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Topic: What's wrong with cumtrapz?
Replies: 7   Last Post: Jun 17, 2013 10:52 AM

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Yuji

Posts: 30
Registered: 6/27/11
Re: What's wrong with cumtrapz?
Posted: Jun 16, 2013 1:33 AM
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nice explanation!

Rick, there is:
if F'(x) = f(x), then
integral f(x) dx = F(x) + C C is any constant

so the integral result has some shift along y axis. The shift should be determined by boundary conditions.



"Timothy E. Vaughan" <tvaughan@_NO_SPAM_bwh.harvard.edu> wrote in message <9cu9jh$doh$1@plato.harvard.edu>...
>
> ""Leung, Randolph [COPE/HKG]"" <RckLeung@Copeland-Corp.com> wrote in message
> news:9B636583813BD311BE6400508B10481F6C5274@fs83.hk.copeland-sid.com...

> >
> > I have some experimental time traces to integrate. CUMTRAPZ seems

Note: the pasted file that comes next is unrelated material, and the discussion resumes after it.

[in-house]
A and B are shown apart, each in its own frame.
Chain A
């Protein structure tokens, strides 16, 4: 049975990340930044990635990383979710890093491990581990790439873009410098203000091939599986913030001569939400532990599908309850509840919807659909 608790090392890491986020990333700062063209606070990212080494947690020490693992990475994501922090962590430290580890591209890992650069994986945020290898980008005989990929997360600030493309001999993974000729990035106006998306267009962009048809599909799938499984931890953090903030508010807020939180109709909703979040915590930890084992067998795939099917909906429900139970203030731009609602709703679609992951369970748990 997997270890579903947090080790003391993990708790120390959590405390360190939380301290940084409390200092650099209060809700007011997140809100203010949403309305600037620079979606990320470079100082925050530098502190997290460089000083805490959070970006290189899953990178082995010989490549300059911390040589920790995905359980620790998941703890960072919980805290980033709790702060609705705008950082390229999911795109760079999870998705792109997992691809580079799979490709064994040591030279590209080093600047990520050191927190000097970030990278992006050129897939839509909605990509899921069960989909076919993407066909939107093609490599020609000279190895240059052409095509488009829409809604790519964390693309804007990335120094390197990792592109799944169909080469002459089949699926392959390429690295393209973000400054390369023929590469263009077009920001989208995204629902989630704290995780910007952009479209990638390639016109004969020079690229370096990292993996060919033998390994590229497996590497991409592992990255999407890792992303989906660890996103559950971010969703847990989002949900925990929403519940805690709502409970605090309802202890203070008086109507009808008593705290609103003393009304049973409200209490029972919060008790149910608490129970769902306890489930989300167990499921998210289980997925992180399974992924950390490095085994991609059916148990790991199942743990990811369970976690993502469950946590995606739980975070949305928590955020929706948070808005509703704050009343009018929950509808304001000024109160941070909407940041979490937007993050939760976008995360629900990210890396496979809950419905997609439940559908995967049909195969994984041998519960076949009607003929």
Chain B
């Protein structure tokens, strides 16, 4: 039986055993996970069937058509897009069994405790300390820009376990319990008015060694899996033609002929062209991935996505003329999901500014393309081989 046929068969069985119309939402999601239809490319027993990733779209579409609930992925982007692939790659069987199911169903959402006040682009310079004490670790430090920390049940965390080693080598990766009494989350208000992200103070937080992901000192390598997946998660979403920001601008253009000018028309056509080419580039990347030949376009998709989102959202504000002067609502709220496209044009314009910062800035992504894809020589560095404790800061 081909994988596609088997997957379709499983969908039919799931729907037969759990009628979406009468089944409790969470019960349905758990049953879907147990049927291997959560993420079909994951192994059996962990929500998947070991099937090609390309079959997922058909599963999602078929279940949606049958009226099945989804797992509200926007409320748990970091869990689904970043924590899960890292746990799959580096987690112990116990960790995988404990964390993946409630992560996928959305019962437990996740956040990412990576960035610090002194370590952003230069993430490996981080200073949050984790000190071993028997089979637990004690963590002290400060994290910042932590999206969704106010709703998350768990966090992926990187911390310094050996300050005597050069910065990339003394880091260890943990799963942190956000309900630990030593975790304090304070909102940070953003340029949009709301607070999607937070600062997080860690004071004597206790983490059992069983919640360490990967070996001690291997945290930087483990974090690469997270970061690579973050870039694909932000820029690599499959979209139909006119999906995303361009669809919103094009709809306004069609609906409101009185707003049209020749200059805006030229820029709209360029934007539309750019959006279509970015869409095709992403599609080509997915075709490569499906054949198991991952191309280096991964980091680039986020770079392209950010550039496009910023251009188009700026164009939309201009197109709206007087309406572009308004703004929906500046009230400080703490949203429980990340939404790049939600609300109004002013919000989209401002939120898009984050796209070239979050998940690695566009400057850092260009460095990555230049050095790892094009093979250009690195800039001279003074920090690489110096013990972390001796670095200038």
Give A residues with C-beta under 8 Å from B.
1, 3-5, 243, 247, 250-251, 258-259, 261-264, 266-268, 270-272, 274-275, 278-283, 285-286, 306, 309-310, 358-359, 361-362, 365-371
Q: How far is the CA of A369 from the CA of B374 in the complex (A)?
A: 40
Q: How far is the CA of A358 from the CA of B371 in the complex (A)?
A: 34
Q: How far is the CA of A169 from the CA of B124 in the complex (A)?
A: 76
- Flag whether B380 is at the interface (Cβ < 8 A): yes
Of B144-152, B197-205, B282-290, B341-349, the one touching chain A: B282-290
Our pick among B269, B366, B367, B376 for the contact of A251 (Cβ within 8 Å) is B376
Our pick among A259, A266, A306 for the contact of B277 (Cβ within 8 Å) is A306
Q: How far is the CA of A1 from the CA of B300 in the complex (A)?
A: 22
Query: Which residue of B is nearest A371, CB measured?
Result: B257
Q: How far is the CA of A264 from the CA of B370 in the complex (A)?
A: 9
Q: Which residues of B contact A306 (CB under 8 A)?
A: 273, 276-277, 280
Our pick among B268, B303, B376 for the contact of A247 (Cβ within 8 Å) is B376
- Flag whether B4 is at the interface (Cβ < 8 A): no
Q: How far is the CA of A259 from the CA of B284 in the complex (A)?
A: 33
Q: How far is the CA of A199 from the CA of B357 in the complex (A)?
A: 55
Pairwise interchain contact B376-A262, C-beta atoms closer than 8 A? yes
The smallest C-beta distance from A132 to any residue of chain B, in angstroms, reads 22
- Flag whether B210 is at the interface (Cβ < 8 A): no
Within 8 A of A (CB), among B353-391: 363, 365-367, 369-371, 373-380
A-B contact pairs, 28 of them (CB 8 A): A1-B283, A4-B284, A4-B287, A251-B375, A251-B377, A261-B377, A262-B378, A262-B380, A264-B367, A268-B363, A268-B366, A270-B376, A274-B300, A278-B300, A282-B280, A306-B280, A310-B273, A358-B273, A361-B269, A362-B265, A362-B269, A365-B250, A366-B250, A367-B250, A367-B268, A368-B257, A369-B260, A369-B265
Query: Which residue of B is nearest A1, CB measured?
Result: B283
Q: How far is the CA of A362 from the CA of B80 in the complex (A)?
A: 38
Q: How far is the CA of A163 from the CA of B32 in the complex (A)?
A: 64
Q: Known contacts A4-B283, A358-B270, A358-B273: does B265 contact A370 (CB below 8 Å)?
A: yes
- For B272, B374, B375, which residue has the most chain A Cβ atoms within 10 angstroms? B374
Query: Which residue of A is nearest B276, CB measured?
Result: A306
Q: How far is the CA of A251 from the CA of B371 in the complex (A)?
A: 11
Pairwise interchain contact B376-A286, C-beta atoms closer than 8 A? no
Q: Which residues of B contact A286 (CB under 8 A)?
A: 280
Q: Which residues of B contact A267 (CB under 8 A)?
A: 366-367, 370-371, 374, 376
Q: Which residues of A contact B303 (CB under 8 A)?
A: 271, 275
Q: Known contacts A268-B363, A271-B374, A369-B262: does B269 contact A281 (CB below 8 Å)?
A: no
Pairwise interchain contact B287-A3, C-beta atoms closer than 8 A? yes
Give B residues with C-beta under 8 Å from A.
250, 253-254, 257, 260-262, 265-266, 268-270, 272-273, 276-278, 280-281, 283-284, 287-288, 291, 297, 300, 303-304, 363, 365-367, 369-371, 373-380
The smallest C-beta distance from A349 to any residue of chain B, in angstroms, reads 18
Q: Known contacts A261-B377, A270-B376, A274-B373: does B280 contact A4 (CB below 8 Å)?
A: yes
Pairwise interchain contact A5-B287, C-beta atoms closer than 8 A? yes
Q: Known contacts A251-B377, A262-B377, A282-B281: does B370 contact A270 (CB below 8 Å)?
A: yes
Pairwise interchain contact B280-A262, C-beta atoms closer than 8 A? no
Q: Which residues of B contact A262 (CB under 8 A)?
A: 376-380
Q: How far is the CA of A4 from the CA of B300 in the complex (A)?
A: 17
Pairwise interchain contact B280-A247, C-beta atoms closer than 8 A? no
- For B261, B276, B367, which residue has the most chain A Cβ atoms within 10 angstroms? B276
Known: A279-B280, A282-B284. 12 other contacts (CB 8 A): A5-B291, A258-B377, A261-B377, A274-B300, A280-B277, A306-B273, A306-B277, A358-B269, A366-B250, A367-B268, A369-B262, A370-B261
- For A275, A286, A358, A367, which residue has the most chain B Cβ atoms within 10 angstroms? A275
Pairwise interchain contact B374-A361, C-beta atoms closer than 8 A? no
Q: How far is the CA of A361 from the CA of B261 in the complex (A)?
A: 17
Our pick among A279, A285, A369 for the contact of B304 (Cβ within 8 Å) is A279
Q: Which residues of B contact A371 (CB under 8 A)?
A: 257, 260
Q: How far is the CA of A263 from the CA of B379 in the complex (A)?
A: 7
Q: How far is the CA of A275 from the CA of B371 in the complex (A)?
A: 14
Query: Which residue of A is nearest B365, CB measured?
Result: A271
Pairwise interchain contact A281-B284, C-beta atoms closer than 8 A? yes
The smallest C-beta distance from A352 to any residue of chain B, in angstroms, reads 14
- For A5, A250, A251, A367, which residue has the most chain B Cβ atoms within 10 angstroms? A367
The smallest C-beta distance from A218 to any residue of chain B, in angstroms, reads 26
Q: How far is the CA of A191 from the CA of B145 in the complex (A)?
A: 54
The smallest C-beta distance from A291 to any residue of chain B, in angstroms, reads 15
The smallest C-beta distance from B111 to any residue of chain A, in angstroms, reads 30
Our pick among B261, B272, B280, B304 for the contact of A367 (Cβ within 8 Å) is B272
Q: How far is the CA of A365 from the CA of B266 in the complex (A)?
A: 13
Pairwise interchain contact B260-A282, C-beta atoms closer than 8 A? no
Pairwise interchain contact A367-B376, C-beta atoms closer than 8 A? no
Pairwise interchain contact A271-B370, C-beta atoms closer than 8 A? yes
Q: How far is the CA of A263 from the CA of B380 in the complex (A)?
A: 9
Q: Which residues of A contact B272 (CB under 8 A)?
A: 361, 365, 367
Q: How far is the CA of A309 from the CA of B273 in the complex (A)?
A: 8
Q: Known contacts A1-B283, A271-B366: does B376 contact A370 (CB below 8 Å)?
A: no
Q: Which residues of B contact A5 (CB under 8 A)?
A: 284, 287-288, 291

> > to be a simple and easy option for me. To test it, I tried to integrate a
> > simple SIN(X) time trace as follows,
> >
> > x = 0:pi/100:4*pi];
> > y = sin( 2*pi*x).
> >
> > inty = cumtrapz( x', y' );
> >
> > I would expect a COS(X) time trace after CUMTRAPZ. The integrated
> > time trace gave a cos pattern of variation, correct amplitude BUT was
> > wrong in phase and shifted upwards, i.e. it is greater than zero for all
> > x and gives 0, rather than 1, at x = 0. I am very confused with the
> > results.

>
> It seems you may be forgetting a bit of your calculus. You are numerically
> taking the INDEFINITE integral of your function. In that case, you must be
> prepared to add a constant to your solution. [I think it is really only
> shifted "upward", and not really wrong in phase.] You need to determine the
> appropriate constant from other conditions of your problem.
>
> Tim
>
>
>




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